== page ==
Iraq handed UN officials a detailed dossier of its chemical, biological and nuclear research projects and facilities earlier this month, in accordance with last month’s UN resolution. As soon as it arrived at the UN Secretariat in New York, however, it was seized by US officials, who say they will provide full copies only to the other four permanent member of the Security Council. Other members of the Security Council -- who are supposed to assess it -- will receive only censored versions, ostensibly because it contains sensitive information. This makes it virtually impossible for anyone to challenge the US’s reading of the dossier, and its judgement on whether Iraq has met the UN’s conditions. In theory the US could at any time declare Iraq in breach of the UN’s conditions, on the basis of secret information and its own interpretation of the dossier; in practice its approach is likely to be a little more sophisticated, but the impression is inescapable that the whole exercise is simply a charade.
This is nothing new. George Bush Sr. went to war on Iraq after Saddam Hussein’s occupation of Kuwait in 1990, on the basis of a version of events that has since been exposed as a tissue of lies. The creation of false versions of reality to justify policies is an established and recognised Western practice. The misrepresentation of information to create false versions is known as ‘spin’; its experts are known as spin doctors. In Western domestic politics this is seen as a sort of a game, which journalists and politicians both play and comment on. The game has rules; the basic one is not to get caught in an outright lie, in contrast to a subtle tweaking of truth. The parties tend to balance each other, and give observers the opportunity to form a balanced view.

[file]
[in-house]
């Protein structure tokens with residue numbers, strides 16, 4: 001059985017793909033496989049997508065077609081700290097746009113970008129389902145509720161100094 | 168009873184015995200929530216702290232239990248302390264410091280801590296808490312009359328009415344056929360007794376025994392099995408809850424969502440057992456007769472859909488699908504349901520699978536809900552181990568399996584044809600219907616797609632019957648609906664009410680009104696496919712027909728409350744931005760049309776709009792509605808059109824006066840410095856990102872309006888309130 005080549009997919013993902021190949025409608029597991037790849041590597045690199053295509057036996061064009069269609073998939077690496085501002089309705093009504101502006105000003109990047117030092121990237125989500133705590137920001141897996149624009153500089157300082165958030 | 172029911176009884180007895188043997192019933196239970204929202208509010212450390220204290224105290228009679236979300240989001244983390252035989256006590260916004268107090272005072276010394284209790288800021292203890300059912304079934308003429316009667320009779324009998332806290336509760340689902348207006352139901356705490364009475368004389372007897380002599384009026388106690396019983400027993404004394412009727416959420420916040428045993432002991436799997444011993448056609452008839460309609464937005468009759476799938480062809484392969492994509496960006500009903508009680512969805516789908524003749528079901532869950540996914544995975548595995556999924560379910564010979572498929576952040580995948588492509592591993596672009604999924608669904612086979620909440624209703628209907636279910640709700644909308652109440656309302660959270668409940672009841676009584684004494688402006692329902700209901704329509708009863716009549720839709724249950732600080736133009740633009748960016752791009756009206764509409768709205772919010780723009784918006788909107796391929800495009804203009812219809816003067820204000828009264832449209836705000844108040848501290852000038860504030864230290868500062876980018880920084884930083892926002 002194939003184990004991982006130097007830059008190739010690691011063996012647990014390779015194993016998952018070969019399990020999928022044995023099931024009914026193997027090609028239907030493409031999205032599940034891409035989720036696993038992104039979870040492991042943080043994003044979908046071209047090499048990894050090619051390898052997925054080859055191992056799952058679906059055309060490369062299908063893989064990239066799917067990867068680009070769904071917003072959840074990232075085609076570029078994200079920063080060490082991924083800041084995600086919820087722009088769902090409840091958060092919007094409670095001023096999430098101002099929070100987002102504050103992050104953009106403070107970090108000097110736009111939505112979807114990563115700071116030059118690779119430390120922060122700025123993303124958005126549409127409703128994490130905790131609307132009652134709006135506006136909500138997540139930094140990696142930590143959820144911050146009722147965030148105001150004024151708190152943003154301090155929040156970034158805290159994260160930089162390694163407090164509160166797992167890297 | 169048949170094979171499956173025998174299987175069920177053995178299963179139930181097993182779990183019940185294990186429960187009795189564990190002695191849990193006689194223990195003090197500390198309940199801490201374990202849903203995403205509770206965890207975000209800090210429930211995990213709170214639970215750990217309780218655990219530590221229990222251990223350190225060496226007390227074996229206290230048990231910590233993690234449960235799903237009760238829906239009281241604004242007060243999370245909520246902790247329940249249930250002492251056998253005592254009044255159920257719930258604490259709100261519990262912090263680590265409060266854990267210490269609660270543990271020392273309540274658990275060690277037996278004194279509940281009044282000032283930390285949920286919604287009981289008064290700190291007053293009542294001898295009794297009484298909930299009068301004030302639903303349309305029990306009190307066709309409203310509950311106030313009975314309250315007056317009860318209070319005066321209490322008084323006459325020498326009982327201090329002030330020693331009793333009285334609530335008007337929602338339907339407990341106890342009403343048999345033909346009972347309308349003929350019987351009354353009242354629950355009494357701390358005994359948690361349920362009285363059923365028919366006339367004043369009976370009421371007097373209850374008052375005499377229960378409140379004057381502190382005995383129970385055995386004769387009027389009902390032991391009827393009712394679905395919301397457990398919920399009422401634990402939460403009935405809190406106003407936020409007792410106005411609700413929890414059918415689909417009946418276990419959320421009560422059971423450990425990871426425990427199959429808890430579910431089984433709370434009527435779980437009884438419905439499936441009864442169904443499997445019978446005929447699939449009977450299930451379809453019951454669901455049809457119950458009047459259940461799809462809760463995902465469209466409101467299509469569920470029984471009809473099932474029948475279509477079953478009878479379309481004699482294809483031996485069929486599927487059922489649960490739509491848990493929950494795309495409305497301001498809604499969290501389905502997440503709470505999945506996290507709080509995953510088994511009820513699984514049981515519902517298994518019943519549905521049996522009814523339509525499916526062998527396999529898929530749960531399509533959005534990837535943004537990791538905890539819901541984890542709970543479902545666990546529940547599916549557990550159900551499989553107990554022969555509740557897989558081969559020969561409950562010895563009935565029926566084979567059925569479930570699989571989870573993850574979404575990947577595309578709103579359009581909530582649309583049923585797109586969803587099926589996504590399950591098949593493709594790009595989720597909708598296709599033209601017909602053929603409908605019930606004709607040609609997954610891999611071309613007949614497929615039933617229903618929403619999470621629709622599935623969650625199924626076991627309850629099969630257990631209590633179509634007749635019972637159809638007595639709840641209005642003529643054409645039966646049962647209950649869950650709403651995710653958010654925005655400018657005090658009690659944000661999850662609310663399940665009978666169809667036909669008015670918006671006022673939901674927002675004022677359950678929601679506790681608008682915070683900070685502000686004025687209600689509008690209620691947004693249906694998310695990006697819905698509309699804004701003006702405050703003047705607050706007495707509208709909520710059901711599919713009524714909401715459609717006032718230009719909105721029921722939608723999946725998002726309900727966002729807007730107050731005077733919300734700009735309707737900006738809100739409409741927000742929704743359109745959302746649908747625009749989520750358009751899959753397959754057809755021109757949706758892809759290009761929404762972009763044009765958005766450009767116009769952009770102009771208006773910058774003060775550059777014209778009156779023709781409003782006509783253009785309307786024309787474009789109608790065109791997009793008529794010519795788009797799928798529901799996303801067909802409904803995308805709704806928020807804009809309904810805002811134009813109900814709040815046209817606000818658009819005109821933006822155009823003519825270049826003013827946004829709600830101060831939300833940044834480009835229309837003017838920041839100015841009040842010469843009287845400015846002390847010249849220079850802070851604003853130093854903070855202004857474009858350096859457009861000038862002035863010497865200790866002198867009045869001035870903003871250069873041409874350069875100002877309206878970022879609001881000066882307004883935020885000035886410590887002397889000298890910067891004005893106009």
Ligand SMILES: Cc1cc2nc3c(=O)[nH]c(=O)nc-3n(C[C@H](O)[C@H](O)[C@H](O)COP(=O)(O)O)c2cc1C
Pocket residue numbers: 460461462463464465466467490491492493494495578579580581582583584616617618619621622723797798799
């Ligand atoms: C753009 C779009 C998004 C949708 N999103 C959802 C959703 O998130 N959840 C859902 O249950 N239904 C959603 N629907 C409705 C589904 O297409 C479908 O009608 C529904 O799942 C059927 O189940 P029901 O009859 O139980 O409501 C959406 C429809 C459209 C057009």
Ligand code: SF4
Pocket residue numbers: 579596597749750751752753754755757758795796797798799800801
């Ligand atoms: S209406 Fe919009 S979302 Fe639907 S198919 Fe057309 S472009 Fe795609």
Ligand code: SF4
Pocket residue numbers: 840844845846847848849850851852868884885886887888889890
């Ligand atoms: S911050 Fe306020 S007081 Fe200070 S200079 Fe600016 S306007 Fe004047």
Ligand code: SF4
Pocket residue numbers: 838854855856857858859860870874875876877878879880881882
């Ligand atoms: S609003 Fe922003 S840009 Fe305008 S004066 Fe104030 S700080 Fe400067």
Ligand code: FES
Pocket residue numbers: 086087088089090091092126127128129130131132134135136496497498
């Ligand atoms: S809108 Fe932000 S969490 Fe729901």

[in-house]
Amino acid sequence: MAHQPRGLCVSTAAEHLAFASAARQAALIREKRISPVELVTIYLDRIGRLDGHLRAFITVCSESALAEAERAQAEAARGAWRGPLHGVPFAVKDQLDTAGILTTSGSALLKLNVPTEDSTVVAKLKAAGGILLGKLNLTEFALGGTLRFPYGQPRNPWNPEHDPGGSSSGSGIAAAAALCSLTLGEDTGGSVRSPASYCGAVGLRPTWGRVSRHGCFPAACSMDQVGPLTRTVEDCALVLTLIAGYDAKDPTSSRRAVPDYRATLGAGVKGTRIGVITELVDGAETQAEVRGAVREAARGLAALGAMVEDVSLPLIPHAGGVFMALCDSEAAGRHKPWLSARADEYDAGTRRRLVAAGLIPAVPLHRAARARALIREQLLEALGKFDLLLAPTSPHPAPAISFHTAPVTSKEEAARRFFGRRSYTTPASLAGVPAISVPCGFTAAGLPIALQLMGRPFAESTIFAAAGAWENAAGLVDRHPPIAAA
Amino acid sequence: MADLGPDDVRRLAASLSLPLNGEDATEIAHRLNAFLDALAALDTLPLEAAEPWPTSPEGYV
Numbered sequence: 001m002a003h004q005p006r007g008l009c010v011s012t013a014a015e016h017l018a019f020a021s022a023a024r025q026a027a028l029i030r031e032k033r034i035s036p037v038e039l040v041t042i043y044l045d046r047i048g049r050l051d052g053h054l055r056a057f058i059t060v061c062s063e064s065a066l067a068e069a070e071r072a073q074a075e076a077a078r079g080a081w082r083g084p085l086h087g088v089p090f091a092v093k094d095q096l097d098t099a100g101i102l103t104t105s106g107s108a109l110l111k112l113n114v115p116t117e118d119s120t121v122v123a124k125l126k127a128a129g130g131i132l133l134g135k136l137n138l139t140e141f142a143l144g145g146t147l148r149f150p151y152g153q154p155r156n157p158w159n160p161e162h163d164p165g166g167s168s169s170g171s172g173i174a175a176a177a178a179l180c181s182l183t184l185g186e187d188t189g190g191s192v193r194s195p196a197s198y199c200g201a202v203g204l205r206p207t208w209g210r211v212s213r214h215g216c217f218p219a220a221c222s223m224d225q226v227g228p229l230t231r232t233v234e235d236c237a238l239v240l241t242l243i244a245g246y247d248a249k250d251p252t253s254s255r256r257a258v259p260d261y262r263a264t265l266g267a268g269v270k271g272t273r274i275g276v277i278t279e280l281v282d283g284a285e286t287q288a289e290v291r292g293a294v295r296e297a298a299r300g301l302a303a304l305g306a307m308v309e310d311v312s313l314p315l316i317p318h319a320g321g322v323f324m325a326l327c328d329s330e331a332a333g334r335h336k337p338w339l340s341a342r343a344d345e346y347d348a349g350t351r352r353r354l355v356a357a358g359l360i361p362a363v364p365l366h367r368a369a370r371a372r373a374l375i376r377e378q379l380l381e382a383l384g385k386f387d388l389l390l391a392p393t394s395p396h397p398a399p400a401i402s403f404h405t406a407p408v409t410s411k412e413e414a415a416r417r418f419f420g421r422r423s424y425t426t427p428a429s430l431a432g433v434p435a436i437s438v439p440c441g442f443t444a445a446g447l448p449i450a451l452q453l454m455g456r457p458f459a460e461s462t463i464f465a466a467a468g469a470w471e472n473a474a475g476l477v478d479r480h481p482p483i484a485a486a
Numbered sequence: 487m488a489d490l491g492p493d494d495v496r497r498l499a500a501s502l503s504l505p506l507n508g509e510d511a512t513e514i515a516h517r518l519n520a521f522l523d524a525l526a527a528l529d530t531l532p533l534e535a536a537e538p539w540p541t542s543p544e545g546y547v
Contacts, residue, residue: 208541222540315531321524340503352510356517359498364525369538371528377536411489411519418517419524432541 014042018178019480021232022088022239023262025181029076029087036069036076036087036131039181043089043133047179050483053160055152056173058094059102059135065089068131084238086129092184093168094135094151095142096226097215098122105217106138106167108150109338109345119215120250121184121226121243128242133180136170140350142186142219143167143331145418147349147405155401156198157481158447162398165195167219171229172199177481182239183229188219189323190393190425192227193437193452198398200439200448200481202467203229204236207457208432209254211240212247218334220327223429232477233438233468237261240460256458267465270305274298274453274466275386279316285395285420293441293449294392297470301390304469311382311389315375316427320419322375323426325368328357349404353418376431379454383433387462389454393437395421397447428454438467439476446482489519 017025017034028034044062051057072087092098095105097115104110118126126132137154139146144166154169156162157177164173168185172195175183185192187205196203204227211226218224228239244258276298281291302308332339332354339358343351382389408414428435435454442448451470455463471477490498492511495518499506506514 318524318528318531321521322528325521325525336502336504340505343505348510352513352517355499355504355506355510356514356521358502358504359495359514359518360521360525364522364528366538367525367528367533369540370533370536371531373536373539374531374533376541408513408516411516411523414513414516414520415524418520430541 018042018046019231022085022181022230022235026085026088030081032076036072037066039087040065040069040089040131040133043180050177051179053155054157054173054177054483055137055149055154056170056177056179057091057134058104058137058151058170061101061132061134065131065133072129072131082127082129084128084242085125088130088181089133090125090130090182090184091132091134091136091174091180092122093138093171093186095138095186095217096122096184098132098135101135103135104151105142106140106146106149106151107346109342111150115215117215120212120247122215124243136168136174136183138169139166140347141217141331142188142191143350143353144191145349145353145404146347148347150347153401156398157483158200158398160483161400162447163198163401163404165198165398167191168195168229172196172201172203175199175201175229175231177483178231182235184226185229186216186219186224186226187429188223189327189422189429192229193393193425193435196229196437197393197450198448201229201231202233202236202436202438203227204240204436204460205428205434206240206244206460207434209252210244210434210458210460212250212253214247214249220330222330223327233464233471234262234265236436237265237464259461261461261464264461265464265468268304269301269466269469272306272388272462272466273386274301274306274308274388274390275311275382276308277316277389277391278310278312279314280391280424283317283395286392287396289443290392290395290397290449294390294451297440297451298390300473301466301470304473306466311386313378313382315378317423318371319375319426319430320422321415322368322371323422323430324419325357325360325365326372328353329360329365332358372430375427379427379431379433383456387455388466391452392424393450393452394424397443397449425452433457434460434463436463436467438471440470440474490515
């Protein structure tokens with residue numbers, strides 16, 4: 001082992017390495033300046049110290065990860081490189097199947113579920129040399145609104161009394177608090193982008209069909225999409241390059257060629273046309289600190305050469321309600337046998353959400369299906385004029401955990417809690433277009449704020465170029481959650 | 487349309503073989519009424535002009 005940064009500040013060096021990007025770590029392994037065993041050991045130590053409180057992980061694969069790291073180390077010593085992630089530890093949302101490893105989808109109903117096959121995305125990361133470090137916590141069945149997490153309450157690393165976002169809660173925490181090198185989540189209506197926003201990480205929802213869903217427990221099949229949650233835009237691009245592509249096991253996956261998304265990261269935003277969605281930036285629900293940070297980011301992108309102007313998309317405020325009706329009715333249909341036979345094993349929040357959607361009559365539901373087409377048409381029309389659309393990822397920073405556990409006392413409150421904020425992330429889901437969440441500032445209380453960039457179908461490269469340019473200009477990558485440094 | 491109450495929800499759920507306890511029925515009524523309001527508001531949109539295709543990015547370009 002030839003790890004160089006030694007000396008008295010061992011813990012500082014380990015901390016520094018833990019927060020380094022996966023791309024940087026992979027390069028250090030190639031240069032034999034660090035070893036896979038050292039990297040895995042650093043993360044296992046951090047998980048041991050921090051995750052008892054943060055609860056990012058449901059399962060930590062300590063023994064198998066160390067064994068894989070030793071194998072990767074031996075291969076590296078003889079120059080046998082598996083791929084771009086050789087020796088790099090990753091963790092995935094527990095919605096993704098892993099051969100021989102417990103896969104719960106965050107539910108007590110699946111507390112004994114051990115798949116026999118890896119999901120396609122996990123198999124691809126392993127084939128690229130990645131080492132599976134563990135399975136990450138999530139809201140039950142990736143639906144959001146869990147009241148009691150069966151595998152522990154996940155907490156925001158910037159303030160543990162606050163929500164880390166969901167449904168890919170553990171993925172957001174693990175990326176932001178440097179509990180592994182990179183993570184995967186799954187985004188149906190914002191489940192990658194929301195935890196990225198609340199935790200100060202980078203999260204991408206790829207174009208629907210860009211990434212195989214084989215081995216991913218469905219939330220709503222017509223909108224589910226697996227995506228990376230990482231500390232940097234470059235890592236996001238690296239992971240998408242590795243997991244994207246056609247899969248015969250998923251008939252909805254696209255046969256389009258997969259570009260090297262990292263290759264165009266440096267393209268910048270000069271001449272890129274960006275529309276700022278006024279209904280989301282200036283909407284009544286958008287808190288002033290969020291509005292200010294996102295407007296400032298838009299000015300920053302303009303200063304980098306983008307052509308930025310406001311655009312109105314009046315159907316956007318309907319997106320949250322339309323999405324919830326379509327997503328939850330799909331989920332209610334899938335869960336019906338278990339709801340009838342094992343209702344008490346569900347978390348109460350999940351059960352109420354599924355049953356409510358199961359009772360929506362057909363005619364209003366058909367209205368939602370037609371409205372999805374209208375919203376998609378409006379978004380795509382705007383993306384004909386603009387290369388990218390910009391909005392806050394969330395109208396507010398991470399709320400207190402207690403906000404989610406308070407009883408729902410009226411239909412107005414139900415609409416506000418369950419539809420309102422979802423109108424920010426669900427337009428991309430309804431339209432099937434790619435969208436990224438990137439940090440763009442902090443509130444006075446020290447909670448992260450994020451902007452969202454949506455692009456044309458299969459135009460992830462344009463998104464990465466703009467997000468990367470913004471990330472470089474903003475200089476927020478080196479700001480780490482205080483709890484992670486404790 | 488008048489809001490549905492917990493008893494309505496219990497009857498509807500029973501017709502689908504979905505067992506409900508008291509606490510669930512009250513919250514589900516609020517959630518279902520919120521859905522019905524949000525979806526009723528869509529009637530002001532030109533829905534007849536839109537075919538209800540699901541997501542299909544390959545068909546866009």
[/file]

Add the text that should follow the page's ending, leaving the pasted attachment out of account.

In international affairs there is no such balance. Any strategy is legitimate against an enemy too discredited to respond. This is why the West’s version of the Iraq affair is accepted largely without question. It is true that journalists and analysts suspect that the US is only going through the motions of due process; such distrust of politicians is routine. But the broader basis of the US’s case against Iraq is accepted: that Saddam is an anti-Western dictator; that he has ambitions on other countries; that he tried to take over Saudi Arabia, and would again if US forces were not there to stop him.
This is an image of Saddam that has been created to justify the US’s occupation of the Middle East, but it is based on lies and distortions. He is a brutal dictator, that is true; but so are most of the West’s allies. He is anti-Western, but only because the West turned on him in 1990; before then he had been an ally. There has never been any evidence of his having territorial ambitions against anyone accept Iran and Kuwait. It is established that he had no plans to invade Saudi Arabia, and that the evidence the US presented was fabricated. Washington claimed that hundreds of thousands of Iraqi troops were massing on the Kuwait-Saudi border in preparation for an invasion; Russian satellite pictures published after the war showed that no Iraqi troops approached the border until US troops starting massing there. Yet, more than 10 years after the pictures were published, the West still claims that the US saved the whole of the Middle East, and that Saddam remains a massive threat today.
It is now also known that Saddam offered to withdraw from Kuwait unconditionally long before the US war began. It is known that the US used the UN weapons-inspections as cover for intelligence work; that they manipulated the inspections to justify military actions; that the inspectors were withdrawn in 1998 because an American air assault was planned. Yet the Western media carry on insisting that the Iraqis threw the inspectors out. Around these enormous lies are myriad smaller ones, all contributing to the popular Western impression of Saddam. Now more layers of lies are being added to those laid down already, preparing for the Western occupation of yet another Muslim country.
Despite all this, many in the West are sceptical of Bush’s agenda. But the lies are so well established that few can escape the overall effect, even when they question parts. A decision or opinion, it is often said, is only as good as the information on which it is based. Unfortunately, on Iraq, the information available is so thoroughly buried under lies and misinformation, that there are few solid truths for us to stand on to escape the torrent of lies. What people should remember, even as they are awash in a sea of falsehoods and distortions, is to take nothing at face value.